A decline in mental functioning that interferes with everyday tasks may be diagnosed as dementia. Lab tests and brain imaging can help exclude or confirm certain diseases as the cause.

Finding help for dementia

If you, or someone you care about has dementia, the following organizations can help or refer you to services.

Medicines for Alzheimer’s disease include:

  • cholinesterase inhibitors: donepezil (Aricept), rivastigmine (Exelon), and galantamine (Razadyne)
  • NMDA receptor antagonist: memantine (Namenda)

These drugs can help improve memory function. They may slow progression of Alzheimer’s disease, but they don’t stop it. These drugs can also be prescribed for other dementias, such as Parkinson’s disease, Lewy body dementia, and vascular dementia.

Your doctor can also prescribe medications for other symptoms, such as:

  • depression
  • sleep disturbances
  • hallucinations
  • agitation

Occupational therapy can help with such things as:

  • coping mechanisms
  • safer behaviors
  • behavior management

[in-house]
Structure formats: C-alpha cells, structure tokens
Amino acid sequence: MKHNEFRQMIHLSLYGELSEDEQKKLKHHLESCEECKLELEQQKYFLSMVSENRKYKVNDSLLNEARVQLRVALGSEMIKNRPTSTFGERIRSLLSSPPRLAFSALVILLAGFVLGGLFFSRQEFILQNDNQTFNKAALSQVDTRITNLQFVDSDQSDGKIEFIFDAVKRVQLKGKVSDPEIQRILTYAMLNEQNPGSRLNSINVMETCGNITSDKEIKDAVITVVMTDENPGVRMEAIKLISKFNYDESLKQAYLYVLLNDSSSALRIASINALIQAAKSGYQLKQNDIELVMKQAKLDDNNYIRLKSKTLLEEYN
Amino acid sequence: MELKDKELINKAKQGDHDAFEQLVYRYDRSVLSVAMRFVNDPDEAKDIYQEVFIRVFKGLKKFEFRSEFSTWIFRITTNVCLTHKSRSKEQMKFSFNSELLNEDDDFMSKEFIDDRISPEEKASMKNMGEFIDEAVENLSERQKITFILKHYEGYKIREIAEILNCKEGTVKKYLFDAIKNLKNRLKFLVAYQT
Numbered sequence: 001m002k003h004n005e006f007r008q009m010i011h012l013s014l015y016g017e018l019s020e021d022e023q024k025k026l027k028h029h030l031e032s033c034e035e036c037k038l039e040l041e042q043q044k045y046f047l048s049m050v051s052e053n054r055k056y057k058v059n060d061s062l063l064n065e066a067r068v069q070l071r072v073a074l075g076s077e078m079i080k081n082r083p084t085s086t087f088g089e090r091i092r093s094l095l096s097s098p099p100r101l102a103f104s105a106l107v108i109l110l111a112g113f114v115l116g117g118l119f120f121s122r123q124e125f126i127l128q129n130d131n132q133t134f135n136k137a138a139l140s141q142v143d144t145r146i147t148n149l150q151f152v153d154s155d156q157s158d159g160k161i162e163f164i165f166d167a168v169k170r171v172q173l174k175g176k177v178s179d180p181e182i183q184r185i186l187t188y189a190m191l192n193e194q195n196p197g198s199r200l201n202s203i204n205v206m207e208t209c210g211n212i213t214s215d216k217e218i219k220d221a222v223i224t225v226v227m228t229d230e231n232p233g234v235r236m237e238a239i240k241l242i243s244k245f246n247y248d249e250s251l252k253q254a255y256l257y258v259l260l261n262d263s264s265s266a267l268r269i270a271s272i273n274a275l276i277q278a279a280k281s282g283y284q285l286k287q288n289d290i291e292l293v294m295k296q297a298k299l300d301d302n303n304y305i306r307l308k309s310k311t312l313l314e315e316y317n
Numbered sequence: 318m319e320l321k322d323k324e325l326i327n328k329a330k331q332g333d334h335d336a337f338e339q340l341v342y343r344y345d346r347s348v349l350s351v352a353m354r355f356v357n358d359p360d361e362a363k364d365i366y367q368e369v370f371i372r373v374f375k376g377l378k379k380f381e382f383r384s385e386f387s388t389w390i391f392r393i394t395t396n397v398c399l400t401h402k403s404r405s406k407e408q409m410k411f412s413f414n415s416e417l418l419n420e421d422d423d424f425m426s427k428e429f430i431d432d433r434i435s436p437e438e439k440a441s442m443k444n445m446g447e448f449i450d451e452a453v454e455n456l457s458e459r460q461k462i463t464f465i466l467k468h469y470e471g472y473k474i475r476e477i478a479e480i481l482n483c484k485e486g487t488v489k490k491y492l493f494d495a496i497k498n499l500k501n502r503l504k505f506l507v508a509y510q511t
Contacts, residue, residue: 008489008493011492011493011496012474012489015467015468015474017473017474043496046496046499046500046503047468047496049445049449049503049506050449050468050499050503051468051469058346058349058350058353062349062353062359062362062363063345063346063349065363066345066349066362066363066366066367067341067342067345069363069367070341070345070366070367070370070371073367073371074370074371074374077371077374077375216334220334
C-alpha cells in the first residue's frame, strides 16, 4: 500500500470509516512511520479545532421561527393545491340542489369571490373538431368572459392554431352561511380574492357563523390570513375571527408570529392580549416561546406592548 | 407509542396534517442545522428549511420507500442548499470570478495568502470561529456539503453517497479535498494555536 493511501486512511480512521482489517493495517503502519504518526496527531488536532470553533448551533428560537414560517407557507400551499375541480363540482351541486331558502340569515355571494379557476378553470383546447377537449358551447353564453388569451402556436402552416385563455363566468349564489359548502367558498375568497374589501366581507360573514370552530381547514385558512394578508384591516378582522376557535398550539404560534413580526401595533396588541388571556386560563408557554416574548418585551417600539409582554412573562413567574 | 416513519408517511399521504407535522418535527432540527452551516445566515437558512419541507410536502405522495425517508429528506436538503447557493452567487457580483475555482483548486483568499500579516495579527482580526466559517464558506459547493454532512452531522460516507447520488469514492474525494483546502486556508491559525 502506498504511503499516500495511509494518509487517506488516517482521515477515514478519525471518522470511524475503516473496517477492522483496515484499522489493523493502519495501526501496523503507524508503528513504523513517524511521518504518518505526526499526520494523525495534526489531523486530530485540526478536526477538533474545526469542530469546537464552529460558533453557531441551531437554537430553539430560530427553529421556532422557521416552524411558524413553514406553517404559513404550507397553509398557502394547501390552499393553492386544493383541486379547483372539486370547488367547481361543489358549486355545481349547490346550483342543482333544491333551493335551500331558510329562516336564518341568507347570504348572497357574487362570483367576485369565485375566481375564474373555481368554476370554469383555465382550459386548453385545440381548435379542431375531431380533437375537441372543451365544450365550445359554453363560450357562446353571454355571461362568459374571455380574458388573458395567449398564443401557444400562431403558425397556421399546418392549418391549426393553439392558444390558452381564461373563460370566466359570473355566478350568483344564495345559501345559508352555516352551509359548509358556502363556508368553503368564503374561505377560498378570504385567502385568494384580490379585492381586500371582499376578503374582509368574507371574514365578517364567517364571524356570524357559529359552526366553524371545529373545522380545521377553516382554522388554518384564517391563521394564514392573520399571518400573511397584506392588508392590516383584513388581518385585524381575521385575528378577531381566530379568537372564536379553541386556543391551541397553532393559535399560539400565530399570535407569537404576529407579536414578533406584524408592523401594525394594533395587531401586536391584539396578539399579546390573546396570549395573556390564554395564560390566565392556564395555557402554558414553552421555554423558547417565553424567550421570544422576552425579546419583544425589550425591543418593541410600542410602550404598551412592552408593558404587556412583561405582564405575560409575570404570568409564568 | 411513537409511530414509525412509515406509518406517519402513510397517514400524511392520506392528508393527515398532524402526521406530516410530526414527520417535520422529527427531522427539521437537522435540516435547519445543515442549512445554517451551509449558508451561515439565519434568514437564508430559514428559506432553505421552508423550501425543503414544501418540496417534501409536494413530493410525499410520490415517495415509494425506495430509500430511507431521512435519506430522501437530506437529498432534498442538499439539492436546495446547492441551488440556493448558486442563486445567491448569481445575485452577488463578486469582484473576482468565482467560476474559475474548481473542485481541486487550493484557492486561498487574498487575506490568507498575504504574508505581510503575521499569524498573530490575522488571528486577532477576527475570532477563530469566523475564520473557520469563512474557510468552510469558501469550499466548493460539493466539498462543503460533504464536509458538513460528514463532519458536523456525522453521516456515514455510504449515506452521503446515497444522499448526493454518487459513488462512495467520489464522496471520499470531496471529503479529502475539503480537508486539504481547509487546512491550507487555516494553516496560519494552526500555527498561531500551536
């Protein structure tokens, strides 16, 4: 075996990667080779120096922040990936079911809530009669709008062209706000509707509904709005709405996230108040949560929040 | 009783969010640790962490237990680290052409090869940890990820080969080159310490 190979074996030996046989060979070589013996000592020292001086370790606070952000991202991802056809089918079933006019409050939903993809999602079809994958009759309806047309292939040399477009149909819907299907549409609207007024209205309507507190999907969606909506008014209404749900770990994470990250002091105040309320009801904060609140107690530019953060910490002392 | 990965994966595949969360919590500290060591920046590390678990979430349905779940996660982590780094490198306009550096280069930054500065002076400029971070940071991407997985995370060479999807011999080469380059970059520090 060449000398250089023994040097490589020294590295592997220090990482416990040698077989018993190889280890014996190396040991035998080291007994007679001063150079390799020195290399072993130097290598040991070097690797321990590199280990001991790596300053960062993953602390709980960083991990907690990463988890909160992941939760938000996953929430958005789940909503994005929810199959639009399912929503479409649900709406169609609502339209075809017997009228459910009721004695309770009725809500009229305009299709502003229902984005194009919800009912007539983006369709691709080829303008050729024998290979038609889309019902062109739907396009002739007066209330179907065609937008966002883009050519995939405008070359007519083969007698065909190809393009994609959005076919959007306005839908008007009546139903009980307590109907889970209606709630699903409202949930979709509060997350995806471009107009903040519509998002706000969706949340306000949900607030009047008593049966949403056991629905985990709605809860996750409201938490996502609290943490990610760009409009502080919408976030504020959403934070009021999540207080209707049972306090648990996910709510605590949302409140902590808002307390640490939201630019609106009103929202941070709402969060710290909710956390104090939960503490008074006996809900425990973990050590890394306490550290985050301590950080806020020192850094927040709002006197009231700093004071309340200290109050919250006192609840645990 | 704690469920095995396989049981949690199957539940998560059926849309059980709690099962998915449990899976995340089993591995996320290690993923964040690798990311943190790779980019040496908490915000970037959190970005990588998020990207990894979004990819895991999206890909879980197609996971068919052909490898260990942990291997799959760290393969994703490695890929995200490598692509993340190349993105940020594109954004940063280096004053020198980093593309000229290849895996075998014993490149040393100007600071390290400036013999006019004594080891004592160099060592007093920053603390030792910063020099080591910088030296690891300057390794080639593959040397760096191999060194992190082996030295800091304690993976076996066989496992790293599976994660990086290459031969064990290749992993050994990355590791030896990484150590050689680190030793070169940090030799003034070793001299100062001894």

• breaking tasks into easier steps

Some types of dementia can be effectively treated and reversed, particularly those caused by:

  • B-12 deficiency and other metabolic disorders
  • buildup of cerebral spinal fluid in the brain (normal pressure hydrocephalus)
  • depression
  • drug or alcohol use
  • hypoglycemia
  • hypothyroidism
  • subdural hematoma following a head injury
  • tumors that can be surgically removed

Most types of dementia are not reversible or curable, but they’re still treatable. These include those caused by:

  • AIDS dementia complex
  • Alzheimer’s disease
  • Creutzfeldt-Jakob disease
  • Parkinson’s disease
  • vascular dementia

Your prognosis depends on many factors, such as:

  • cause of dementia
  • response to treatment
  • age and overall health

Your doctor can help you understand more about your individual outlook.

Dementia is a group of symptoms affecting memory and other cognitive functions. The top cause of dementia is Alzheimer’s disease, followed by vascular dementia.

Some types of dementia are due to things you can’t change. But lifestyle choices that include regular exercise, a balanced diet, and mental engagement can help lower your risk of developing dementia.